Intimate Conversation with Noni Carter

Meet author Noni Carter

As a nineteen year old upcoming sophomore at Harvard University, Noni Carter has recently published her first novel entitled Good Fortune, a slave narrative published by Simon and Schuster.

She has been featured in many articles and has been afforded the opportunity to spread inspiration and carry a powerful message of striving towards goals and learning from history to many different schools in both the Atlanta and Boston areas including elementary schools, middle schools, high schools, and even a few colleges. Cornell West has publicly endorsed Noni’s novel saying that her greatness has already manifested. She has been touted the next Alex Haley of her generation because of her historical fiction slave narrative story.

Noni has also been trained as classical piano, a journey she began at the tender age of four. She graduated from high school in the top five percent of her class, spending the last two years of her high school experience as a full-time student at Clayton State University. Noni maintains a high GPA. She hopes to concentrate (or major) in history and literature with a focus on postcolonial studies and its intersection with African studies.

Good Fortune description:
Good Fortune is an inspiring story of an African-American slave woman in the early 19th century. Brutally kidnapped from her African village and shipped to America, Ayanna Bahati struggles to come to terms with her new life as a slave. Rising from the cotton fields to her master’s house, Ayanna is threatened by the increasingly dangerous world of the plantation. Risking everything, she escapes and makes her way north to freedom and an education, but can she shed the chains of her harrowing past to live the life she has longed for?

She struggles with the concept of emancipation verses freedom, praying for miracles to manifest in her life, and finally understanding the importance of her homeland, engrained into her soul through her name: BAHATI, or Good Fortune.

A stirring debut novel from a young talent, Good Fortune traces one girls’ journey from slavery to liberation, and details how she finds her true self along the way. Through this account of Ayanna’s journey through slavery; through her dreams of honest freedom; through her aspirations; and through her love, sorrow, pain, joy, readers will find that Good Fortune will inspire and stimulate many to keep the memory of these ancestors alive.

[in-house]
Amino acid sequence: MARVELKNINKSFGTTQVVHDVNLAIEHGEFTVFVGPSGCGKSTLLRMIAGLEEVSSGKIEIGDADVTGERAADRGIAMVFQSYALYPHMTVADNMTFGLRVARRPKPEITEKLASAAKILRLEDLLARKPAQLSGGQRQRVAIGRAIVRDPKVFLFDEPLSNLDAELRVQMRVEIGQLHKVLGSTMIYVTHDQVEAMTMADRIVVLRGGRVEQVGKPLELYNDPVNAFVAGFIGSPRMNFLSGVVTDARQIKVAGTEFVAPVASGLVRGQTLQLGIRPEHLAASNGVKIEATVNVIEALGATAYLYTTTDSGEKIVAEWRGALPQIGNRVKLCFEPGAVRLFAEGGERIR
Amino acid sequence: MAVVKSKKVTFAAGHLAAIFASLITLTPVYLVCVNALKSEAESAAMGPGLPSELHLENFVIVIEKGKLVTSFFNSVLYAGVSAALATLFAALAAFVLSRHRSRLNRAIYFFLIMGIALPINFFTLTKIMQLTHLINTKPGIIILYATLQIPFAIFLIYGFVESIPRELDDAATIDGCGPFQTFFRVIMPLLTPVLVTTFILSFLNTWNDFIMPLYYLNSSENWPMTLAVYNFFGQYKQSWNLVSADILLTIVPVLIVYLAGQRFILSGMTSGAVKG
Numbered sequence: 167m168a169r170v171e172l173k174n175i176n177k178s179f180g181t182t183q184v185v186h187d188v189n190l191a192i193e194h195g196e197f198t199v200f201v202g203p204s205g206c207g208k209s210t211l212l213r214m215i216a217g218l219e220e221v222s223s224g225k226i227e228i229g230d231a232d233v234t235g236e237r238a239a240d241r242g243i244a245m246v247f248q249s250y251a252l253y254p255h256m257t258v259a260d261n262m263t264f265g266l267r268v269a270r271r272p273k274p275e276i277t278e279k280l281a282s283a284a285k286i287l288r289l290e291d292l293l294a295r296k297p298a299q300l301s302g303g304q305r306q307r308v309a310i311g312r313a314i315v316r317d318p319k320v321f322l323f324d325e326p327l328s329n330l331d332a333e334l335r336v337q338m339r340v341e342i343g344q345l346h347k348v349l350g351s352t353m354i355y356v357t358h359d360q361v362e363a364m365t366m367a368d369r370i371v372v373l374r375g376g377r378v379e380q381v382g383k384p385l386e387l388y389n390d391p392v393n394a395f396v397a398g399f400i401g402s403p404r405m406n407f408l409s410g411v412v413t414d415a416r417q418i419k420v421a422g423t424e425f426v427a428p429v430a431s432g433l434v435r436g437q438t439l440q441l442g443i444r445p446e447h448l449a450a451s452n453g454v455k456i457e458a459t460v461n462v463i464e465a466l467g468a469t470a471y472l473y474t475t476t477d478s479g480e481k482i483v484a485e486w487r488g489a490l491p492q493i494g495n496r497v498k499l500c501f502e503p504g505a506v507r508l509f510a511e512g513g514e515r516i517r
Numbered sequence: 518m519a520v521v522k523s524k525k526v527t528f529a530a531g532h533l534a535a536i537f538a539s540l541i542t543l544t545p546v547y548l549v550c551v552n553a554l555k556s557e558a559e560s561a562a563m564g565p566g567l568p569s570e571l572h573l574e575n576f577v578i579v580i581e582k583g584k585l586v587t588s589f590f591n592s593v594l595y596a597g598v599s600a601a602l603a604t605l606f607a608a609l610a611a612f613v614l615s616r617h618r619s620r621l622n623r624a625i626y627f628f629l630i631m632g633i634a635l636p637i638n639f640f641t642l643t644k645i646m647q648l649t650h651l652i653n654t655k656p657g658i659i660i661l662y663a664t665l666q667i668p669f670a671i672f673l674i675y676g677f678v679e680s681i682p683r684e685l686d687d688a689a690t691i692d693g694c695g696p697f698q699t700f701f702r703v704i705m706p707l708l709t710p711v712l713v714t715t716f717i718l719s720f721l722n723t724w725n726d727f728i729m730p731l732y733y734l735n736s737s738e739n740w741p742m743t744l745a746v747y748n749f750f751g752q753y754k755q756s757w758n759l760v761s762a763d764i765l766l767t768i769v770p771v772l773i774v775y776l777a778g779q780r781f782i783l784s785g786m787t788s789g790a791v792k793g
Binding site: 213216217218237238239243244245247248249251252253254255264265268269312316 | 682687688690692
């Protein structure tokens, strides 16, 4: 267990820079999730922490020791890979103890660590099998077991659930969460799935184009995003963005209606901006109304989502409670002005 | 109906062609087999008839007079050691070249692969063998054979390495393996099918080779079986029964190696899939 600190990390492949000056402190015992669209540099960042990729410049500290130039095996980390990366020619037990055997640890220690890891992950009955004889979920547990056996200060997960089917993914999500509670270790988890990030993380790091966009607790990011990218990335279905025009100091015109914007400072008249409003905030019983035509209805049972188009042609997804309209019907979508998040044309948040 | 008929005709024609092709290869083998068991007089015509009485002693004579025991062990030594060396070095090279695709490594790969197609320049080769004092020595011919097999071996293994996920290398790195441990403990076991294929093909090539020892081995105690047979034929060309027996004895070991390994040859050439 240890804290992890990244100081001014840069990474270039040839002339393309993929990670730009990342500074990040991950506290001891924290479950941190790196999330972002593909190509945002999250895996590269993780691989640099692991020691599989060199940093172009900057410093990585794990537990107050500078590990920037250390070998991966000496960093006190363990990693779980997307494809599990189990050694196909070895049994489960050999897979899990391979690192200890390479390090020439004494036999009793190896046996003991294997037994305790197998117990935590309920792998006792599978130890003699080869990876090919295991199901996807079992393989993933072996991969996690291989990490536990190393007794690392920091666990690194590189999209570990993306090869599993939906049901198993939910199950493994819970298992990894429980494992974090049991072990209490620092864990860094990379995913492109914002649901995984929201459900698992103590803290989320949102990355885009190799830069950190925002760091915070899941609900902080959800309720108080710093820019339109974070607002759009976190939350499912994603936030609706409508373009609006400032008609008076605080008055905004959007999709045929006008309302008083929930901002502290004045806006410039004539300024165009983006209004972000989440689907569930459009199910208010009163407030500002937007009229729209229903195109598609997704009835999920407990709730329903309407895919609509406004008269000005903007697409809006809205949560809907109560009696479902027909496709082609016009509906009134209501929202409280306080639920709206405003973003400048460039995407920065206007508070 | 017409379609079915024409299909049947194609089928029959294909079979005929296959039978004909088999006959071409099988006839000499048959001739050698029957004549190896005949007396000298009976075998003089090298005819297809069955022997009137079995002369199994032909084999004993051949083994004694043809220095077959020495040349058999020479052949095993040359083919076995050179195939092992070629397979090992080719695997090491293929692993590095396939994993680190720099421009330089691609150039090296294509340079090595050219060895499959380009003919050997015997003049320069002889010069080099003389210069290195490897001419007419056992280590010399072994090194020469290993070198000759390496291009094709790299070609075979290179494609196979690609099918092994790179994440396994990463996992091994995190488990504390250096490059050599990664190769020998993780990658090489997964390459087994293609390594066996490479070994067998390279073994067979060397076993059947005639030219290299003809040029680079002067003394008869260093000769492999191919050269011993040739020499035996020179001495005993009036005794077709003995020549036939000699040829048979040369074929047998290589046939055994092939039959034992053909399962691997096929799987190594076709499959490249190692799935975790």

BPM: What makes you powerful as a person and a writer?
I have a commitment to make every experience in life a spiritual one. I try to seek out myself in other people- to share with, and understand others by recognizing people as reflections of love. I carry these concepts into my writing- I try to connect with my readers, and impart certain aspects of life I wish to share with them through my character’s eyes. Within that- in delighting the mind, but really reaching to touch the heart (like some of my favorite authors do so beautifully and eloquently)- I feel, as a writer, very powerful.

BPM: Who are your mentors? Where do you find your inspiration?
I have many mentors who influence different aspects of my life. For example, in writing, I consider individuals such as Zora Neale Hurston to be mentors. I turn to people who have the ability to share stories like I aspire to do. There are also people who have been a significant part of this writing and publication process, such as Kwame Alexander, who have played key roles in this journey of mine. There are, of course, the mentors that have significantly shaped me into who I am today. There are the teachers who have played important roles in my life, my sisters, my parents, most definitely, and the person I look up to- my brother.

Lastly, I have found over the past couple of years that there is a mentor inside of me that plants seeds of inspiration, that invites my ancestors into my space to move me forward, that pushes me to more challenging places, teaching me to let go of fear in writing, in creating, and in living my life!

BPM: Introduce us to your main characters.
In Good Fortune, I would say there are five main characters- Anna (or Sarah, or Ayanna), John, Daniel, Mary, and Mama. These characters, all representing family in one aspect or another, shape and carry the plot of the book.

BPM: What specific situation or revelation prompted you to write your book?